Photo of the Week: Hole in the Wall Sunrise


IMG_2008This photo was taken in February on Gwynn's Island looking at the "Hole in the Wall" and the Chesapeake Bay. My husband and I woke up to this beautiful orange light blazing through the window. We just stood there for a moment stunned and then scrambled for our phones to capture this amazing sunrise.

—Elizabeth Vining

Ensure that Elizabeth and future generations continue to enjoy extraordinary places like these along the Chesapeake. Support the Chesapeake Clean Water Blueprintthe plan to Save the Bay! 

Do you have a favorite Chesapeake photo you'd like to submit to the Chesapeake Bay Foundation's Photo of the Week contest? Send your digital images to CBF's Senior Manager of Digital Media, Emmy Nicklin, at enicklin [at sign] cbf.org, along with a brief description of where and when you took the photo, and what the Chesapeake Bay means to you. We look forward to seeing your photos!



 


Photo of the Week: Low Tide at Hughlett Point

GregWinterI took an early morning sunrise hike on the trails of Hughlett Park Natural Area Preserve in Northumberland County, Virginia, with my friend, Claire Forsyth. [We walked] to the undeveloped shoreline of the Chesapeake Bay.  

At the early morning sunrise during low tide on this June 18 morning, Claire took advantage of the serene, natural, and peaceful vista on display to meditate with a little yoga.

—Spence Winter

Ensure that Spence, Claire, and future generations continue to enjoy extraordinary places like these along the Chesapeake. Support the Chesapeake Clean Water Blueprintthe federal/state plan to Save the Bay! 

Do you have a favorite summertime Bay photo you'd like to submit to the Chesapeake Bay Foundation's Photo of the Week contest? Send your digital images to CBF's Senior Manager of Digital Media, Emmy Nicklin, at enicklin [at sign] cbf.org, along with a brief description of where and when you took the photo, and what the Chesapeake Bay means to you. We look forward to seeing your photos!

GregWinter2

 

 


We're Halfway There: Holy Cross Abbey, Cool Spring Farm


Holy Cross Abbey June 2015 (Clarke Co CD10)This is one in a series of articles about farmers in the Chesapeake Bay watershed who have implemented Best Management Practices (BMPs) to improve water quality and efficiency on their farms. As a result of these success stories, we're halfway to achieving the nutrient reductions needed to restore the Chesapeake Bay and its waters. View the rest of the series here.

Father James Orthmann is a monk at the Holy Cross Abbey, a 1,200-acre farm with nearly three miles of river frontage on the main stem of the Shenandoah River.

"In order for us to be spiritually sustainable, it is necessary for us to take care of the place where we live," he explains. The monks' "place" is Cool Spring Farm, located along the west bank of the river where the American Civil War Battle of Cool Spring occurred in the summer of 1864.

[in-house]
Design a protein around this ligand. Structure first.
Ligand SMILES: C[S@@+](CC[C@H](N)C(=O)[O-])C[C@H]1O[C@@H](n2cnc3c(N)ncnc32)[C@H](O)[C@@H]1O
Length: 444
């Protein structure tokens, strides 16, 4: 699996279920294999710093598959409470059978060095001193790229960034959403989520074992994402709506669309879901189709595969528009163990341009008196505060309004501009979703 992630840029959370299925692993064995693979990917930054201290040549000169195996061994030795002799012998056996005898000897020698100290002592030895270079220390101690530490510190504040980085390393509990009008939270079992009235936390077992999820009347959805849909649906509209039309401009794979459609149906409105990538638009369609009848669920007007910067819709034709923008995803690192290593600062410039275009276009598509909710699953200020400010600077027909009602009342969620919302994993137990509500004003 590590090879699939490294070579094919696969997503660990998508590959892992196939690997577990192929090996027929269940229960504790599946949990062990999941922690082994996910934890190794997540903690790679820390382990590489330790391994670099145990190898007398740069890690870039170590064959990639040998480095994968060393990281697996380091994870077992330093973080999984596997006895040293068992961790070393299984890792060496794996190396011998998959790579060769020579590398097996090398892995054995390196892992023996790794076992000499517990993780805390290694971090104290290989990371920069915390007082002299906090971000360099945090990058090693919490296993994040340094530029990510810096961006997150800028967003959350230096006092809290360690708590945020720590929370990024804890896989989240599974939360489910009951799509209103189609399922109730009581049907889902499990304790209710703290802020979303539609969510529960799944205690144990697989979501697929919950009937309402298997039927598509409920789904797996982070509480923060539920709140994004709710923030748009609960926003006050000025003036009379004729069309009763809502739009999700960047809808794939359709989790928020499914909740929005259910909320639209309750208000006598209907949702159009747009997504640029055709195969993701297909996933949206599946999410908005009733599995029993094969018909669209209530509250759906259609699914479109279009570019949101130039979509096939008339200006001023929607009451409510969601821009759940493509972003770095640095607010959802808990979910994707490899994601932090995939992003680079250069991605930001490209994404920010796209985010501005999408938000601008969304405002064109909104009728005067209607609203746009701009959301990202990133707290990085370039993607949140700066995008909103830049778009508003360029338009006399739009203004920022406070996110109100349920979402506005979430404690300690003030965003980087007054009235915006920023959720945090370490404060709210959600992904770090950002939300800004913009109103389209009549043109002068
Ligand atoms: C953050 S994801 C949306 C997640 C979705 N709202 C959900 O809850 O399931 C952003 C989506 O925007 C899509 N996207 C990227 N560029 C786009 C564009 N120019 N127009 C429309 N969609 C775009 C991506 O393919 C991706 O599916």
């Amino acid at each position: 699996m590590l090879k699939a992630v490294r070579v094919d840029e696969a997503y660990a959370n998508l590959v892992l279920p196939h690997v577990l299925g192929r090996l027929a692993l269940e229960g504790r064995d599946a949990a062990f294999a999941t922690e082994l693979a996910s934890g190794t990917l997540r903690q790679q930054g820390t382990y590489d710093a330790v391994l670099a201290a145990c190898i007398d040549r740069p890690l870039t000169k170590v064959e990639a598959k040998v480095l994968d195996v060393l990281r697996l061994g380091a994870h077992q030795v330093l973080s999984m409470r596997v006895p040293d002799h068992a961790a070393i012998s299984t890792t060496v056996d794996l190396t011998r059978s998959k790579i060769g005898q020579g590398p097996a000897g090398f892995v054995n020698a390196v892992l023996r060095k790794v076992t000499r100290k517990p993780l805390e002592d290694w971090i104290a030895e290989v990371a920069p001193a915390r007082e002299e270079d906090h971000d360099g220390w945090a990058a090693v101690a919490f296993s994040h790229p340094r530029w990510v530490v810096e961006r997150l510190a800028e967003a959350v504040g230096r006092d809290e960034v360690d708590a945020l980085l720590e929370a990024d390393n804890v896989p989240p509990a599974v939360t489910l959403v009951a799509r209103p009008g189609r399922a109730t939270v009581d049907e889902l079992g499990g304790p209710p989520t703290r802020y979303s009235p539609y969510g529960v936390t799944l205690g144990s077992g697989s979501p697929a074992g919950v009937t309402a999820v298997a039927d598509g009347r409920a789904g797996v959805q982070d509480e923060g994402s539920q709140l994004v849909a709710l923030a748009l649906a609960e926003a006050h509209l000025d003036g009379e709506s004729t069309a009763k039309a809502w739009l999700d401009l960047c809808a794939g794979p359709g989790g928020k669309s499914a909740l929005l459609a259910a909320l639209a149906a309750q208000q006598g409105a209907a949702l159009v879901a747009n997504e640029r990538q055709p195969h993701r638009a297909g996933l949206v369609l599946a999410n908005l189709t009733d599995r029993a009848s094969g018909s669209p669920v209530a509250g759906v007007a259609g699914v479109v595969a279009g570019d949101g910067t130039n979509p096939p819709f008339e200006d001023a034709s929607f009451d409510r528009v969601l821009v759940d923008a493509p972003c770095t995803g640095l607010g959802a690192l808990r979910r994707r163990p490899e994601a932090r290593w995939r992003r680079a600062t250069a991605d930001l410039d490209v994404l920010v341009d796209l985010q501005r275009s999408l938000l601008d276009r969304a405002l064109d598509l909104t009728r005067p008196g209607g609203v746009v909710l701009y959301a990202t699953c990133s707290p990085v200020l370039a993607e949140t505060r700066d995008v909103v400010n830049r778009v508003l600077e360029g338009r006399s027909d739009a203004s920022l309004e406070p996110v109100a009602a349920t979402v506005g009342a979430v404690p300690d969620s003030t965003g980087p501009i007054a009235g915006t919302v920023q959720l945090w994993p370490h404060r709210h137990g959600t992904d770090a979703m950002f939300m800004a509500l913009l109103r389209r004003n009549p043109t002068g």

The Trappist monks of Cool Spring began their natural resources pilgrimage with a sustainability study conducted by the University of Michigan in 2009-2010.

"One of the first recommendations from the study was to get our cows out of the Shenandoah River and all the tributaries on the farm," Orthmann says. "How could we be true to our guiding principal of loving our 'place' with cows in the river and streams? The cows were polluting the water and ruining the streambanks.

"To achieve this, we first removed the cattle from the flood plain and leased that land to an 'all natural' produce farm. Next we contacted the Lord Fairfax Soil and Water Conservation District and the Natural Resources Conservation Service for assistance with fencing and watering troughs for the rest of the streams on the farm.

"With the help from these dedicated public servants, we were able to protect almost four and a half miles of streambanks, including the Shenandoah River and the historic Cool Spring itself."

The community of monks continued their sustainability journey by diversifying their operation. Not only do they produce cattle, fruits, vegetables, and timber, they also now have a "natural cemetery," a retreat house, gift shop, and the Monastery Bakery—the one that produces those famous Trappist fruitcakes.

"Sustainability works," Orthmann continued. "It's paying off economically, environmentally, and spiritually. As Trappist monks committed to this community and land for life, fencing the cows out of the stream was an easy first step toward a more holistic lifestyle."

—Bobby Whitescarver  
Whitescarver lives in Swoope, Va. For more information, visit his website.

Learn more about how farmers across the watershed are working to improve both water quality and farm productivity in our Farmers' Success Stories series.

 


Time to Walk the Walk on Clean Waters